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Labor Day Thoughts

I’m going to have to move to a new office this week. It’s a hassle I didn’t anticipate, but I’m part of a big office shuffle at the Seminary to make space for some new staff who will be arriving soon to help us grow. A good thing! And the facilities crew will manage most of it for me. It will mean downsizing the book shelves considerably, which is painful. But that would need to happen sometime in the future so perhaps I’m just being given the opportunity for a head start. Farewell old friends. I hope you bless a new generation of religious leaders!

I will have had eight offices over the span of forty years. Some large, some small. Some with windows, some not. Some with great views, some with ugly views, some with no views. Some have announced high status, some, not so much!   Amid all these moves, however, there have been some constants which count for far more than comparing square footage with the colleague down the hall: Steady, meaningful work that has been interesting, engaging, and rewarding. Good pay and benefits. A comfortable work environment. Great colleagues. Respect from the people I’ve worked for. Opportunities to learn new things. The list goes on and on.

As Labor Day approaches in the midst of my mini-transition from one office to another, it’s good to consider what I haven’t had to deal with over my forty year career. I’ve never

  • had an employer try to steal my wages by failing or refusing to pay for overtime
  • been sexually harassed on the job
  • been verbally abused on a regular basis by my boss
  • suffered from racial or gender discrimination
  • had to come to work when I’ve been seriously ill
  • had to leave a sick child at home or had my pay cut for taking a day off to take my child to the doctor
  • had to wonder each week what my work schedule would be, or how many hours I’d be scheduled for
  • been consistently forced to stay late without getting paid for it or asked what kind of impact it would have on my family
  • been threatened with termination when I’ve raised questions or concerns about activities in the workplace
  • been exposed to toxic chemicals without proper training or protection
  • been laid off abruptly and had my severance check bounce
  • had the governor campaign on the conviction that the pension promised to me as a state employee is the basic cause of the state’s financial problems and was part of a “corrupt bargain” to begin with, making the promise null and void
  • worked without written personnel policies detailing my rights and responsibilities

No, I’ve never had to deal with any of this. But millions of American workers have and still do. Which is why strong enforcement of federal and state labor laws and a vibrant labor movement is a vital component of a just economic environment.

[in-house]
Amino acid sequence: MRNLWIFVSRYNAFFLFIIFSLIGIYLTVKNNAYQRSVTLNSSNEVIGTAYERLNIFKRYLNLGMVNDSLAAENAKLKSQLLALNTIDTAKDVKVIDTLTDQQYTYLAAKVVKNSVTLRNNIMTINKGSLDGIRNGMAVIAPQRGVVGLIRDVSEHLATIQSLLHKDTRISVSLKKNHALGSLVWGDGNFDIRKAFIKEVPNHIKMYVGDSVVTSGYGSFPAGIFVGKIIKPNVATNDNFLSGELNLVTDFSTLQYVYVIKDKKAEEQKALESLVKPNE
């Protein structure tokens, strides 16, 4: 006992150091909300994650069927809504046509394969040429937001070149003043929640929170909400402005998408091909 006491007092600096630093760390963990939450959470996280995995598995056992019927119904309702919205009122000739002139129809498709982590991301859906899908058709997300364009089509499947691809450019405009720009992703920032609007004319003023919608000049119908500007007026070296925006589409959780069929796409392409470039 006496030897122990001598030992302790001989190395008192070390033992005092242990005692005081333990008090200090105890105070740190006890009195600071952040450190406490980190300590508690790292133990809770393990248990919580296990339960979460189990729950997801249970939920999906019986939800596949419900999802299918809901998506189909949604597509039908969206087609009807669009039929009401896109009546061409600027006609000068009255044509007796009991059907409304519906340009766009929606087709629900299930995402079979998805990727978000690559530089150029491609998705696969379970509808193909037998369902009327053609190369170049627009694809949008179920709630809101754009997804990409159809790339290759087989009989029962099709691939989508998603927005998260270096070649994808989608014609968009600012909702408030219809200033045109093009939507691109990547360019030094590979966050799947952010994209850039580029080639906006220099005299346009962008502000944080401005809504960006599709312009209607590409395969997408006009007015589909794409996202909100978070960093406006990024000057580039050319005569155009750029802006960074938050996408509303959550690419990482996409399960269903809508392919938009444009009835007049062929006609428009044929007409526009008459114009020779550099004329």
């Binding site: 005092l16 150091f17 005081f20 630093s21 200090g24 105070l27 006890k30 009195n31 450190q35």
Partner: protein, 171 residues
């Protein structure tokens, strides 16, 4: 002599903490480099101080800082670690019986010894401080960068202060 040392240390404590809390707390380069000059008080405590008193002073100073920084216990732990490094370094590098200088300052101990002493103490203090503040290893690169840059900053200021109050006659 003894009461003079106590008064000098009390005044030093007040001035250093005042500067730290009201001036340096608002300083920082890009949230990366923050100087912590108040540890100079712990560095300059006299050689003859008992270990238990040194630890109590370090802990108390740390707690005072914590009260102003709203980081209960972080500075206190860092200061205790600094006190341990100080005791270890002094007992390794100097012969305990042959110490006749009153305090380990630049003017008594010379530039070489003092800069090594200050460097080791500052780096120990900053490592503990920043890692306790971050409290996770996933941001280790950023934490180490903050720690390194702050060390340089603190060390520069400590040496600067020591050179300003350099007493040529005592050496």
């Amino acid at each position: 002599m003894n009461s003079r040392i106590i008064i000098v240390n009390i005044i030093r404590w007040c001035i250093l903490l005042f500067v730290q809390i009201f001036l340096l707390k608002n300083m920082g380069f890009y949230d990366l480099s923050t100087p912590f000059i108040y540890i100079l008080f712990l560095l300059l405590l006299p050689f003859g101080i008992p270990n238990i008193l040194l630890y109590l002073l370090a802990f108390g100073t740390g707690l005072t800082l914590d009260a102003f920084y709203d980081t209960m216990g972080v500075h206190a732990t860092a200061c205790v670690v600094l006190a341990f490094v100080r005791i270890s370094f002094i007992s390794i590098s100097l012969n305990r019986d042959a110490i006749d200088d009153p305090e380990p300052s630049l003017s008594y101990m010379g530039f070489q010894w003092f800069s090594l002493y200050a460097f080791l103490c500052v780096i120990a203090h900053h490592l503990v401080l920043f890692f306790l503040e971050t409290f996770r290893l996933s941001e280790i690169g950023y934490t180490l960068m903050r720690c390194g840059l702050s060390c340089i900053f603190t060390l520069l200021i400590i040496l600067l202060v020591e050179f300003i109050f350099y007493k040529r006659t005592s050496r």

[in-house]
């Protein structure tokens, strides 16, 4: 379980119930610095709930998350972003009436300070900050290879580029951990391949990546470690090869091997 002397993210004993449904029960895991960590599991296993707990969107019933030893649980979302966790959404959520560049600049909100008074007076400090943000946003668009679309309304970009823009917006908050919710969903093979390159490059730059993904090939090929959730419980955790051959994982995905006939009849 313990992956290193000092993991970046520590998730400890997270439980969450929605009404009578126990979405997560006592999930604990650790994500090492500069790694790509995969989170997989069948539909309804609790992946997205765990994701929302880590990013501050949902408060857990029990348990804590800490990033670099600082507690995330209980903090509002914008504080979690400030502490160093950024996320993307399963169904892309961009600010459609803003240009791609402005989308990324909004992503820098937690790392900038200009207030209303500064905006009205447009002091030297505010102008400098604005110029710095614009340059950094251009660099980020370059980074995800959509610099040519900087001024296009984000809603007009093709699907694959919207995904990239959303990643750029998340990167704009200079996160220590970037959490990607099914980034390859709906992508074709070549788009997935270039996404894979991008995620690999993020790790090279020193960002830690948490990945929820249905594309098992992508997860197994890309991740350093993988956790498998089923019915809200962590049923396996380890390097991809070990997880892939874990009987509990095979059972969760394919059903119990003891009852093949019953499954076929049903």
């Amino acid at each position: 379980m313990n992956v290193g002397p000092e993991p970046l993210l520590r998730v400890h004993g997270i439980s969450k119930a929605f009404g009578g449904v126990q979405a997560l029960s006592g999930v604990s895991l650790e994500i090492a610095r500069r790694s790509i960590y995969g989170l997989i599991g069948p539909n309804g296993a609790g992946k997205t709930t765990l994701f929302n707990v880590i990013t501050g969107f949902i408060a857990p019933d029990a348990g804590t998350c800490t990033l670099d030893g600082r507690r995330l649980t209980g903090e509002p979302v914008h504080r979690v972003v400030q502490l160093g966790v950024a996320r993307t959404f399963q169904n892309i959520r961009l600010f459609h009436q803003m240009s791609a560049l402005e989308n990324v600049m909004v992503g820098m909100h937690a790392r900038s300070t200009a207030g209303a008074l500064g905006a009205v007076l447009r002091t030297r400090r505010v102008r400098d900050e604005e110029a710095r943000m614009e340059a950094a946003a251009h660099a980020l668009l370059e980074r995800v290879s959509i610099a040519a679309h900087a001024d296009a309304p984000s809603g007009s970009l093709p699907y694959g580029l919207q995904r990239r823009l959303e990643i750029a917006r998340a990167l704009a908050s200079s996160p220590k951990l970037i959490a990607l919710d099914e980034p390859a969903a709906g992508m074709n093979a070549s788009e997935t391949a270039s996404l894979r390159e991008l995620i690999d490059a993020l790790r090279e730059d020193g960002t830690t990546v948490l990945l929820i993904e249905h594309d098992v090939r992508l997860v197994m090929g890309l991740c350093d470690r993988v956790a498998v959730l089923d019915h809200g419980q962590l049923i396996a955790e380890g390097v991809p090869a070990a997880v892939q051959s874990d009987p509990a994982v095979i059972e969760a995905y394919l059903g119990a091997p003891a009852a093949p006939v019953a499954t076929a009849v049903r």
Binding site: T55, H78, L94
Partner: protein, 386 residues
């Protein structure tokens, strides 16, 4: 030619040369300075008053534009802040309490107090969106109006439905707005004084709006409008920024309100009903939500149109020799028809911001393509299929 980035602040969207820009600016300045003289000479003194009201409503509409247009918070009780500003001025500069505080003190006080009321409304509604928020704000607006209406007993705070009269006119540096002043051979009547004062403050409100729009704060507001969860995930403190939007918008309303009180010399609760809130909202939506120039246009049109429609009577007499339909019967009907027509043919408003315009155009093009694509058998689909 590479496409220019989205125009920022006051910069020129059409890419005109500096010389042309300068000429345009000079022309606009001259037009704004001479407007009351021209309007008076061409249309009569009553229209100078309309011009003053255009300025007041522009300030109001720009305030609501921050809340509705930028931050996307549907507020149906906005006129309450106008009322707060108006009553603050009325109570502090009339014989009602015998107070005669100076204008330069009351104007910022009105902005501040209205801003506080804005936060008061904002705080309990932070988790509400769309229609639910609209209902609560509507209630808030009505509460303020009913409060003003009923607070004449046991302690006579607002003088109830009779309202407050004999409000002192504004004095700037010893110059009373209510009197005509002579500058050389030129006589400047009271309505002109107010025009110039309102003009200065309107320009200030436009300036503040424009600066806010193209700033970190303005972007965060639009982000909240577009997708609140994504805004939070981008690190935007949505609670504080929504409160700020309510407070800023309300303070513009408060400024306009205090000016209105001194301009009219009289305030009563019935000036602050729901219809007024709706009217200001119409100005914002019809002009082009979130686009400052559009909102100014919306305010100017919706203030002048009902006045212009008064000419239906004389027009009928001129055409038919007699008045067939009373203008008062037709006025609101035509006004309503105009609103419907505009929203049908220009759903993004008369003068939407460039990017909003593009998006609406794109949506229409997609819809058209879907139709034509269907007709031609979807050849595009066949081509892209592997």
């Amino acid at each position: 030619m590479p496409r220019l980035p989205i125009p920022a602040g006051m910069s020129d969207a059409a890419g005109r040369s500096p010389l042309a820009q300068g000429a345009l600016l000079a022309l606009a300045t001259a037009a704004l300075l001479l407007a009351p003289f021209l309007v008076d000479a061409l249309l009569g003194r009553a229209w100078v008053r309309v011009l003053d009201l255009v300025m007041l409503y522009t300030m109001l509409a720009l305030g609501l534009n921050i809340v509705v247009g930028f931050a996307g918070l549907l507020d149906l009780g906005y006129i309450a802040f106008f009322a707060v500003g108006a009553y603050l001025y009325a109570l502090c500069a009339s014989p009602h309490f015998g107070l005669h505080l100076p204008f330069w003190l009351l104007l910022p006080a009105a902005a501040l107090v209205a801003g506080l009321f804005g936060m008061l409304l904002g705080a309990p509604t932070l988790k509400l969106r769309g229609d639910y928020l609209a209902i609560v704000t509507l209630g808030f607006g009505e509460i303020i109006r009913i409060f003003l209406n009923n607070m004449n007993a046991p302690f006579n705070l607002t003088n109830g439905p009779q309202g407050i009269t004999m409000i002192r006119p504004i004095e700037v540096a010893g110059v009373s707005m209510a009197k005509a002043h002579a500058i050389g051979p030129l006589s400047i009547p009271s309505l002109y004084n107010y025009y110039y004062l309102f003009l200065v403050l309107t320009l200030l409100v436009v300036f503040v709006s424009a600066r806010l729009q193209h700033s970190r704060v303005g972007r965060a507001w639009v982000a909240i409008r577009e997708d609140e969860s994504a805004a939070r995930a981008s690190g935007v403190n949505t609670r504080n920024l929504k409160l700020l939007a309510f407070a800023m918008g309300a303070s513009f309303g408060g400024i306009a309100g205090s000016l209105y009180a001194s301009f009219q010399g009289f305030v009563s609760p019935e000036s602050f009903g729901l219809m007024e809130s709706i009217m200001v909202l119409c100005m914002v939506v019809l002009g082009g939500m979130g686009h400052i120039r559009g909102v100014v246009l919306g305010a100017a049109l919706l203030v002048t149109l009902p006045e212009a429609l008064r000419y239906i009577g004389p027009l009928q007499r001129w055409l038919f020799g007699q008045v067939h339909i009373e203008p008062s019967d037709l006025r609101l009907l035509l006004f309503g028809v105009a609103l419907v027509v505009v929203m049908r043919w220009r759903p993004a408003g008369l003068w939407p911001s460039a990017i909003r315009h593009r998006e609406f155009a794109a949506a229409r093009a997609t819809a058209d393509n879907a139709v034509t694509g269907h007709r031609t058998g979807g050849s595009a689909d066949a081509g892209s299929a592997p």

Protecting the rights, the dignity, and the well-being of American workers remains crucial whether they sit in offices like mine or fill orders at Amazon or serve customers at McDonalds or care for aging, homebound persons in their apartments. Indeed, such protections ought to be the priority across the political spectrum. But of course they aren’t. Far too many candidates are beholden to wealthy oligarchs who mask their own greed by urging policies that seek to extract as much productivity from a decreasing number of workers for lower and lower wages and fewer and fewer benefits. Stripping away the rights of workers to organize is not about promoting growth; it is about eliminating the inconvenience of countervailing power in order to maximize profits for the few.

Labor Day is more than a picnic, a day off, and a ceremonial send-off to summer. It should also be a clarion call to protect and honor workers by supporting a strong labor movement in the United States – legacy industrial and trade unions, farm worker unions, public employee unions, teacher unions, nursing unions, service sector unions, the growing network of worker centers that help workers organize to fight workplace injustice, and the emerging coalitions like Fight for $15 combatting poverty wages. This year the money saturated presidential primary campaigns remind us more than ever that justice, absent organized power, is little more than naïve sentimentality.  

As I cope with the modest disruption of my office move this week, Labor Day reminds me of the real struggles of millions of workers for whom the dream of a nice little office, let alone a decent job, a living wage, and the respect of the boss, remains terribly elusive. In 1986 the Catholic Bishops in the United States affirmed that “no one may deny the right to organize without attacking human dignity itself.” Today, thirty years later, that reminder, shared by countless other religious communities, is more urgent than ever. As candidates attend picnics across Iowa this Labor Day, it would be good for them to ponder this admonition.

John H. Thomas
September 3, 2015

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